In these last frantic working days of the year, there is one final opportunity for leaders to connect with their people: the end-of-year note.
Employees still typically expect a message from the top before the holiday break, but finding the right channel, capturing the right ideas, and side-stepping clichés can be a challenge.
So what works, and doesn’t, in pre-Christmas exec comms? Here are five golden rules:
Say what they’re thinking
- Walmart CEO Doug McMillon understands that leaders need to earn the attention of their audience, by articulating what’s likely to be on their minds.
- In December, that tends to be simple: they’re tired after a tough year.
- So, in his 2022 message, McMillon works hard to name check a range of groups and what they’ve done: US states Kentucky, Mississippi and Virginia; workers in China and in Africa; and those who’ve suffered from weather events and through panic-buying.
- The informal aesthetic – hand-held, complete with the noise of children playing – helps his credibility as a messenger. Saying “I appreciate you. I’m proud of you,” to hard-pressed workers from a shiny boardroom, in a tailored suit, would have been a harder sell.
A takeaway for leaders: Show your teams you understand their world before you tell them about yours.
Be congruent: don’t send mixed signals
- Akio Toyoda is a leader who knows his strengths. The Toyota President’s 2021 end-of-year video, wearing a broad smile, wide-armed and full of energy, presented a big character.
- His words matched - lots of superlatives and grand statements. “How awesome is that?” “You continue to amaze me!” “Recharged and ready for 2022!”
- We often talk to leaders about the principle of congruent communication. It’s the idea that all the signals you send – both verbal and non-verbal – should be selling the same vision. Incongruence breeds distrust (though audiences don’t always register why).
- Toyota’s approach is high-risk. A four-minute video exclusively featuring the leader on a grey background would be too much for many leaders – they’d rightly reach for the safety of b-roll. In this case, his panache (and congruence) carries it off.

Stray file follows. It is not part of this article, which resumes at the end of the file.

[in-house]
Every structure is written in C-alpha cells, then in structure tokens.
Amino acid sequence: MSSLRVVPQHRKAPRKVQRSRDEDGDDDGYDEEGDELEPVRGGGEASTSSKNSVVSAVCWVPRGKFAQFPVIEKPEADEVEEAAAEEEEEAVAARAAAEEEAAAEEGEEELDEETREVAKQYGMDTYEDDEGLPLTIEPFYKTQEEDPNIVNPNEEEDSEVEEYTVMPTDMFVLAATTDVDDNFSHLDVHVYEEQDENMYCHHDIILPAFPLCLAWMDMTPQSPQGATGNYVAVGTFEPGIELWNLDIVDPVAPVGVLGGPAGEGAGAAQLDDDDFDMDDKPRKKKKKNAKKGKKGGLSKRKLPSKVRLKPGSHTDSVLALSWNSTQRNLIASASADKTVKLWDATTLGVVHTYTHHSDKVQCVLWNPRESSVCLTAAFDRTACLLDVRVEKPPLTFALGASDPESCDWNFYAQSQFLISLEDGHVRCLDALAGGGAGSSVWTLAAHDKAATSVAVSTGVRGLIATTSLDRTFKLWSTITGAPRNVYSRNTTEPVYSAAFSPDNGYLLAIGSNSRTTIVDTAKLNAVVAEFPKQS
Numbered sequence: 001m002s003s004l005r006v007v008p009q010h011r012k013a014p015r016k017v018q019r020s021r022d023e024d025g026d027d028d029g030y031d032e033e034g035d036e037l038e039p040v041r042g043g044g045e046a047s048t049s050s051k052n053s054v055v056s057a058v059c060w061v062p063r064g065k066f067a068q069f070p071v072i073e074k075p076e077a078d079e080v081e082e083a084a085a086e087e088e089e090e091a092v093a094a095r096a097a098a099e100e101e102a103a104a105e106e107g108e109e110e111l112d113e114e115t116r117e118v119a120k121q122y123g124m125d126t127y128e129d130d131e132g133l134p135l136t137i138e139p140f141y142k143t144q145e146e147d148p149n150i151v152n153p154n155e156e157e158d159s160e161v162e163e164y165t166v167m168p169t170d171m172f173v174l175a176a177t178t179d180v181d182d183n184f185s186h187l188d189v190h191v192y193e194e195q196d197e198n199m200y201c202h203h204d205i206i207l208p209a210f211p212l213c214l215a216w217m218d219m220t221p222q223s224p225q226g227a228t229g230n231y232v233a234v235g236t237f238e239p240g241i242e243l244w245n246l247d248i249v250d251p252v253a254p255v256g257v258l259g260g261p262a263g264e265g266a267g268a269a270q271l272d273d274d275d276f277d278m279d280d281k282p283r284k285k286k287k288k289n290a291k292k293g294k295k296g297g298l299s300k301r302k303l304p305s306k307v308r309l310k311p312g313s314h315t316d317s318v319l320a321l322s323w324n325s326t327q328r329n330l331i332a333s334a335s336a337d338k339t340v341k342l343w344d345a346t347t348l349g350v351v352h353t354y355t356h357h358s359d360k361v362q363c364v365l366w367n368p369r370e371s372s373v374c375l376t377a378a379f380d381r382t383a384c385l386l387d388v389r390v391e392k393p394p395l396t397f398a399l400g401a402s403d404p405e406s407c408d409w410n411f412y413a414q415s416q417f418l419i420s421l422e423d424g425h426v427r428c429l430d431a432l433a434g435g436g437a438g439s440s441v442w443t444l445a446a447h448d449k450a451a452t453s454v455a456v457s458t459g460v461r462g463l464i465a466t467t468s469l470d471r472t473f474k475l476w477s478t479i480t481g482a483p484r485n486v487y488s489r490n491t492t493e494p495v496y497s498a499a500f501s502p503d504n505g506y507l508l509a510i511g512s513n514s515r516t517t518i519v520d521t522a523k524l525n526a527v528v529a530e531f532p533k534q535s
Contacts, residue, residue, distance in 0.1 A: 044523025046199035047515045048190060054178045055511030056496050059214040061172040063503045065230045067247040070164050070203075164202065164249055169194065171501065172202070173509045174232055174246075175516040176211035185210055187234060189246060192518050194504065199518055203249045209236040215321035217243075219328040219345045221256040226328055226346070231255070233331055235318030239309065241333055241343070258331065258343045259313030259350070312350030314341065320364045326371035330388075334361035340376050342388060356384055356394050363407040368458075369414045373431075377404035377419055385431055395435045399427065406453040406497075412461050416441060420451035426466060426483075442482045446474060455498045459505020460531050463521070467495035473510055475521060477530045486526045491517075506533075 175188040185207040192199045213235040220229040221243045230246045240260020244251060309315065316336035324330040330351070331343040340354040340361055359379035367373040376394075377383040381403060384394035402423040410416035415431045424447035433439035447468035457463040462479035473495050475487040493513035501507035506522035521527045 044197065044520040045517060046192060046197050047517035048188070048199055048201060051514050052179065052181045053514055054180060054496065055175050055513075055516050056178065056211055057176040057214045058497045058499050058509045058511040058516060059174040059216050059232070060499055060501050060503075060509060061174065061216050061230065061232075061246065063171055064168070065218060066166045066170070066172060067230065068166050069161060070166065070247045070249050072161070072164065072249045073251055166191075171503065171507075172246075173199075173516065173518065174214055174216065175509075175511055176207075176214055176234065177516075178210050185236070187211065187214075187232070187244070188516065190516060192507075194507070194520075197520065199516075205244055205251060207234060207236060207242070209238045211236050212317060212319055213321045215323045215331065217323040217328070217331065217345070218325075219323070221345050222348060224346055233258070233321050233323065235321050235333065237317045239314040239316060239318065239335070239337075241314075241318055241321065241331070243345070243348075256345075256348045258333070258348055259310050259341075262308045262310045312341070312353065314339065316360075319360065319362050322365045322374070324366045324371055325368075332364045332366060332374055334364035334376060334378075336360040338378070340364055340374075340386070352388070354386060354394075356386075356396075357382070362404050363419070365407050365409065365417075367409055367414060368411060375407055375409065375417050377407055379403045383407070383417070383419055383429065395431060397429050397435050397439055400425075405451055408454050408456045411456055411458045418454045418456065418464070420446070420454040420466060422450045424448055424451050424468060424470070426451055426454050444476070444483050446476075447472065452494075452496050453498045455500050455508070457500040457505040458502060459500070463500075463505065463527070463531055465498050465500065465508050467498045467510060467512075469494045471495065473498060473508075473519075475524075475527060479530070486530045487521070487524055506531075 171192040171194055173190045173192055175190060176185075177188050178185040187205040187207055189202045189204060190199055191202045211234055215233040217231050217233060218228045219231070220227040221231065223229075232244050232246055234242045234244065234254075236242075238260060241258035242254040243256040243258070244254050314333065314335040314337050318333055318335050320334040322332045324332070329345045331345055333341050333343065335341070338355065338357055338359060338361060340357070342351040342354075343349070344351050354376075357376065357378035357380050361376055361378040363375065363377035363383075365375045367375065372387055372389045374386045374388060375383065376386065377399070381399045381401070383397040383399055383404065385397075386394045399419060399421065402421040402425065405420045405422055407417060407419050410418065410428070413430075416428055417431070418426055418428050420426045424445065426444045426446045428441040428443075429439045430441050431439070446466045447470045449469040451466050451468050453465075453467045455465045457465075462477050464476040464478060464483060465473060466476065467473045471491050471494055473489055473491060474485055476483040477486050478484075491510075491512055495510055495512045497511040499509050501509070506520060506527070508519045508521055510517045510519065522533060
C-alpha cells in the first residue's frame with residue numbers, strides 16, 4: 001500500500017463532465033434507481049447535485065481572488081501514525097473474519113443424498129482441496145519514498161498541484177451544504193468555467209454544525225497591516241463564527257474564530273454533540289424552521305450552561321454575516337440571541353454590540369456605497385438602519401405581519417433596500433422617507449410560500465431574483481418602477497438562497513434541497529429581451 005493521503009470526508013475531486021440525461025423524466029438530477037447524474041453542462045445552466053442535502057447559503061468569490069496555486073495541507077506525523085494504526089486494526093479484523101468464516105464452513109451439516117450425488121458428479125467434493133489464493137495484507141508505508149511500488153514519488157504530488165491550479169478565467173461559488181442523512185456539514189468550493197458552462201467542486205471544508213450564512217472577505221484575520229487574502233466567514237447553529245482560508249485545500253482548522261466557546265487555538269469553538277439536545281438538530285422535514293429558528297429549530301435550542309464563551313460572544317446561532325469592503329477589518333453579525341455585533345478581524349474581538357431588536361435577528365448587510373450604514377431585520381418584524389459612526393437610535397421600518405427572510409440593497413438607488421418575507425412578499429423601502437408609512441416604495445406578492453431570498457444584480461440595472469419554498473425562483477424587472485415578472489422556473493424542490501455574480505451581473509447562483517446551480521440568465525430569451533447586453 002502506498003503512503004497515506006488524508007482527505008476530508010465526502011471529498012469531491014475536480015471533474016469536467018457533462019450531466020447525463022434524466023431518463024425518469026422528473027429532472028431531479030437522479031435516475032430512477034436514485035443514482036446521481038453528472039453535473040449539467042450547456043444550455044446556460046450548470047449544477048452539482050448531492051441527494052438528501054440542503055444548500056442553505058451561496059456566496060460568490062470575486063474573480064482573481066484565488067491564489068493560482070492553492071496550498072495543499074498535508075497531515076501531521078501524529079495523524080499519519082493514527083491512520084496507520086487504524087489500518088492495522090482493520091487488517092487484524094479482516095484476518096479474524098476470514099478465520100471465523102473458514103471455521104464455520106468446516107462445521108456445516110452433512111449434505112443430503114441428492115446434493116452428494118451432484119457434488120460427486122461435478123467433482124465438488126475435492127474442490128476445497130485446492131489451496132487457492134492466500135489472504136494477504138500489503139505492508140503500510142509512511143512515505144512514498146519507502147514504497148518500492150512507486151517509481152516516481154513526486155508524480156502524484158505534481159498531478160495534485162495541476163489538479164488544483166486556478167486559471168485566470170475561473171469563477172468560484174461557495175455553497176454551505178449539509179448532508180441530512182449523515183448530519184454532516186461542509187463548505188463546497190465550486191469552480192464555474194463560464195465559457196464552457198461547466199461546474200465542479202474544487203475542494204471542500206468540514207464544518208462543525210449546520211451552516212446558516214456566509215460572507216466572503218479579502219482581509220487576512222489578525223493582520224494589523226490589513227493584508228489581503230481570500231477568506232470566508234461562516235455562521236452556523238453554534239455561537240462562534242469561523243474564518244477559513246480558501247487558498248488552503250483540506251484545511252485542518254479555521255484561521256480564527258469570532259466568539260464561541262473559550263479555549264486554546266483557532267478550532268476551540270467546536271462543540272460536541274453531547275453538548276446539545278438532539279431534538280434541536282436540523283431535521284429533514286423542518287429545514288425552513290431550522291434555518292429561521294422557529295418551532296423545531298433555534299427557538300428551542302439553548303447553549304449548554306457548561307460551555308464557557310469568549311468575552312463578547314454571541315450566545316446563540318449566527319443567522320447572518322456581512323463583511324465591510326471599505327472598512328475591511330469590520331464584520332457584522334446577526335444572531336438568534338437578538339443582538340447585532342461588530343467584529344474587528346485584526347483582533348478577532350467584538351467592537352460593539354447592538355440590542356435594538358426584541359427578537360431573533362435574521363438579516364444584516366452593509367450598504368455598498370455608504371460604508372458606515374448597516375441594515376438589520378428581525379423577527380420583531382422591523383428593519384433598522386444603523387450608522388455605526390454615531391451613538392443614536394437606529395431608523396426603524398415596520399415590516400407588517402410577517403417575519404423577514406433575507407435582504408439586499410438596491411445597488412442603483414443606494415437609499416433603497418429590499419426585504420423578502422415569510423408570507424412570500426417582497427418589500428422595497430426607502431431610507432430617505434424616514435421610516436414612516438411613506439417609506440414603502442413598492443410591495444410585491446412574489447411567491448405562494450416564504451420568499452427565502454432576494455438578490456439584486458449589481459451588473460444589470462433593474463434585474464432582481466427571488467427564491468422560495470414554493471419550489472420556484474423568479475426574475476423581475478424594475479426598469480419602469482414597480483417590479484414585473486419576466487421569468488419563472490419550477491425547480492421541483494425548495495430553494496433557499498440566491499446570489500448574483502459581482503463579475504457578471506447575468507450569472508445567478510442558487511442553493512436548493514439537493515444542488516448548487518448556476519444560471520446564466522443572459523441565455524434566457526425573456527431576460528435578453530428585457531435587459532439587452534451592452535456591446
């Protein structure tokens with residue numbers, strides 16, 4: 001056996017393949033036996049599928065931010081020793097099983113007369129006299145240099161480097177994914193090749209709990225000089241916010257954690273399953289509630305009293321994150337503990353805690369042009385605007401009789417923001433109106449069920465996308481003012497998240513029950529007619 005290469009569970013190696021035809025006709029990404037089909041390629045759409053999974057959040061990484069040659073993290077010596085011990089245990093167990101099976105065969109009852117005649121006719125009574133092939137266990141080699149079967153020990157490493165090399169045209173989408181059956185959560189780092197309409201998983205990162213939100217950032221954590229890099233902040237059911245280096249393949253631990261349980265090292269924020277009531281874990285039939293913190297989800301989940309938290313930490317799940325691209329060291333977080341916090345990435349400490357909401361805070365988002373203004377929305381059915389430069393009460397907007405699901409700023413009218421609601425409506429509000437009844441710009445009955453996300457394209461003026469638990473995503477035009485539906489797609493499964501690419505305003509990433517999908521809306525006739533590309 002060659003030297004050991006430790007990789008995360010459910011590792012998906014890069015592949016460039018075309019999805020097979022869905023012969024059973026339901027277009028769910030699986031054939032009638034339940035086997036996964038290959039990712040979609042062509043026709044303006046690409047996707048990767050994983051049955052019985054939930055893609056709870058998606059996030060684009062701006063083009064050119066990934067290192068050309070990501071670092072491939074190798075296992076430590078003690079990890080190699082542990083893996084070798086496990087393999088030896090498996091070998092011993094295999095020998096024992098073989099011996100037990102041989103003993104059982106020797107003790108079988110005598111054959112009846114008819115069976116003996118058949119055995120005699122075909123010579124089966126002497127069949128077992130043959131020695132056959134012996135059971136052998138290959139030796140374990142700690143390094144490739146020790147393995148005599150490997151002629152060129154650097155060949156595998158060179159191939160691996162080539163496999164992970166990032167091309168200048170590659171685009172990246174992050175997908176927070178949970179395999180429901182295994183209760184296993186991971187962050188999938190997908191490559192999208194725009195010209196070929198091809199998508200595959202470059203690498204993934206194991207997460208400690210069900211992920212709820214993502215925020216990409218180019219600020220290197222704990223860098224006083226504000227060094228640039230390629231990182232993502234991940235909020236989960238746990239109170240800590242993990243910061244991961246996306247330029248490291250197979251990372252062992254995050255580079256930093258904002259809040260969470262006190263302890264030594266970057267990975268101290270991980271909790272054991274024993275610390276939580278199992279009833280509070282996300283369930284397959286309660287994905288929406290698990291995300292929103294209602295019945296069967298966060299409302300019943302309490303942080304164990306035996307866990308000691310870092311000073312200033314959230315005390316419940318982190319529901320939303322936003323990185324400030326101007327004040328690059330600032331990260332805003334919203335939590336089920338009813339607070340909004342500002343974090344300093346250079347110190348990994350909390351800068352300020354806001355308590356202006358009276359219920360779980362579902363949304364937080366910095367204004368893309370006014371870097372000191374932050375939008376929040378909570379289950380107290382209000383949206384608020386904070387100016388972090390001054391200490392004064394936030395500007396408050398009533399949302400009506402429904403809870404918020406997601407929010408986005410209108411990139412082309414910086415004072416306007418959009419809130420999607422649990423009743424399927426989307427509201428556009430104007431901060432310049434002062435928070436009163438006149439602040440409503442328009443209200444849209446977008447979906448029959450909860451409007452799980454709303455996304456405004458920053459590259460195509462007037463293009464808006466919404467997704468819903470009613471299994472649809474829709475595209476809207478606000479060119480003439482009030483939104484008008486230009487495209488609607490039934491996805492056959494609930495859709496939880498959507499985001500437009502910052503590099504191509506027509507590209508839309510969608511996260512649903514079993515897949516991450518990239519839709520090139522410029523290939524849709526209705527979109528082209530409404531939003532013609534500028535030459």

A takeaway for leaders: The medium should match the message – and the messenger.
Say something specific
- Anxious executives send anodyne messages.
- Leaders are rightly concerned about inadvertently causing offense in their seasonal messages – talking about Christmas, kids, or anything that could make certain employees feel excluded.
- But sanding the interesting edges off of communication tends to leave platitudes, unlikely to have any impact on the rare employee who makes it to the end of the message.
- Leaders can and should talk about specific experiences. Specificity has the reverse effect of exclusion –it draws an audience in.
- Estelle Brachlianoff of French services company Veolia shared the impact of her favourite book in her year-end video, while US VP Kamala Harris evoked a detailed childhood memory in this one for the Lunar New Year.
A takeaway for leaders: People remember the personal over the generic. Ensure there’s something in your message that no one else could say.
Nail your headline
- Politicians have been known to start drafting speeches with the single line they want journalists to remember. It’s not a bad approach to creating an end-of-year message.
- Then-Merck CEO Stefan Oschmann’s mid-pandemic video will seem a little heavy on the melodrama for many tastes, but the moody treatment appears geared to land a single line.
- When he turns to the camera and says, “Thank you for truly shining in these times,” it’s hard to believe that he doesn’t mean it.
A takeaway for leaders: Find the single line that matters most – and build a vehicle specifically for it.
Don’t make a video out of an email
- Leaders often default to video as the medium for their note, presuming employees expect it or that there’s weakness in avoiding the camera. But some messages are made for the page, not the screen.
- This 2022 message from prominent US Democrat Alexandria Ocasio-Cortez is a hard watch. She’s a gifted communicator, but an unconnected list of 22 accomplishments doesn’t work as a video. It’s an email. Poor quality audio doesn’t help.
- There are many options inbetween email and video: interviews, voice-notes, photo-posts on LinkedIn, montage videos.
- If you don’t believe us, ask the ex-CEO of YouTube. Despite running the world’s premier video platform, Susan Wojcicki used to send a letter to her workforce at this time of year.
A takeaway for leaders: Don’t waste people’s time. They’re trying to get things done before the holidays.
If you’re interested in finding out more about how effective your spoken words are, take a look at our Executive Impact Score – a pioneering approach we’ve developed with Oxford University to give leaders a new picture about how they’re perceived when they speak.
Get in touch with the team at [email protected].